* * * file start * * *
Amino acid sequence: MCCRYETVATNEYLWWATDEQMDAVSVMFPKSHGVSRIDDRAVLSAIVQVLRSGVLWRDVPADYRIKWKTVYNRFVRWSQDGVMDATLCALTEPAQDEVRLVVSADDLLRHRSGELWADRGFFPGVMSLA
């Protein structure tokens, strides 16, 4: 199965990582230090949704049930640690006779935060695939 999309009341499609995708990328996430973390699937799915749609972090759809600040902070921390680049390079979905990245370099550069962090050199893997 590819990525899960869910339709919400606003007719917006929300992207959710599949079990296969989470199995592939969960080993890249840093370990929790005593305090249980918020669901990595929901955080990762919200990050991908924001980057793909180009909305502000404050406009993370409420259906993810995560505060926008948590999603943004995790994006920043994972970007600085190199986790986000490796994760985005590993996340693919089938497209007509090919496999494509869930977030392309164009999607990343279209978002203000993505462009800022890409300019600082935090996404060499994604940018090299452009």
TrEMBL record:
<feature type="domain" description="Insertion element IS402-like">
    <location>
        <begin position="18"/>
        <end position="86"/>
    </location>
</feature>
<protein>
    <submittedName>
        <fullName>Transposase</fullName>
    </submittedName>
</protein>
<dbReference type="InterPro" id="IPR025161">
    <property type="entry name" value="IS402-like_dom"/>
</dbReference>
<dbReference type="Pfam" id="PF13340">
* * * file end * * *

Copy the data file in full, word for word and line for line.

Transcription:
Amino acid sequence: MCCRYETVATNEYLWWATDEQMDAVSVMFPKSHGVSRIDDRAVLSAIVQVLRSGVLWRDVPADYRIKWKTVYNRFVRWSQDGVMDATLCALTEPAQDEVRLVVSADDLLRHRSGELWADRGFFPGVMSLA
């Protein structure tokens, strides 16, 4: 199965990582230090949704049930640690006779935060695939 999309009341499609995708990328996430973390699937799915749609972090759809600040902070921390680049390079979905990245370099550069962090050199893997 590819990525899960869910339709919400606003007719917006929300992207959710599949079990296969989470199995592939969960080993890249840093370990929790005593305090249980918020669901990595929901955080990762919200990050991908924001980057793909180009909305502000404050406009993370409420259906993810995560505060926008948590999603943004995790994006920043994972970007600085190199986790986000490796994760985005590993996340693919089938497209007509090919496999494509869930977030392309164009999607990343279209978002203000993505462009800022890409300019600082935090996404060499994604940018090299452009």
TrEMBL record:
<feature type="domain" description="Insertion element IS402-like">
    <location>
        <begin position="18"/>
        <end position="86"/>
    </location>
</feature>
<protein>
    <submittedName>
        <fullName>Transposase</fullName>
    </submittedName>
</protein>
<dbReference type="InterPro" id="IPR025161">
    <property type="entry name" value="IS402-like_dom"/>
</dbReference>
<dbReference type="Pfam" id="PF13340">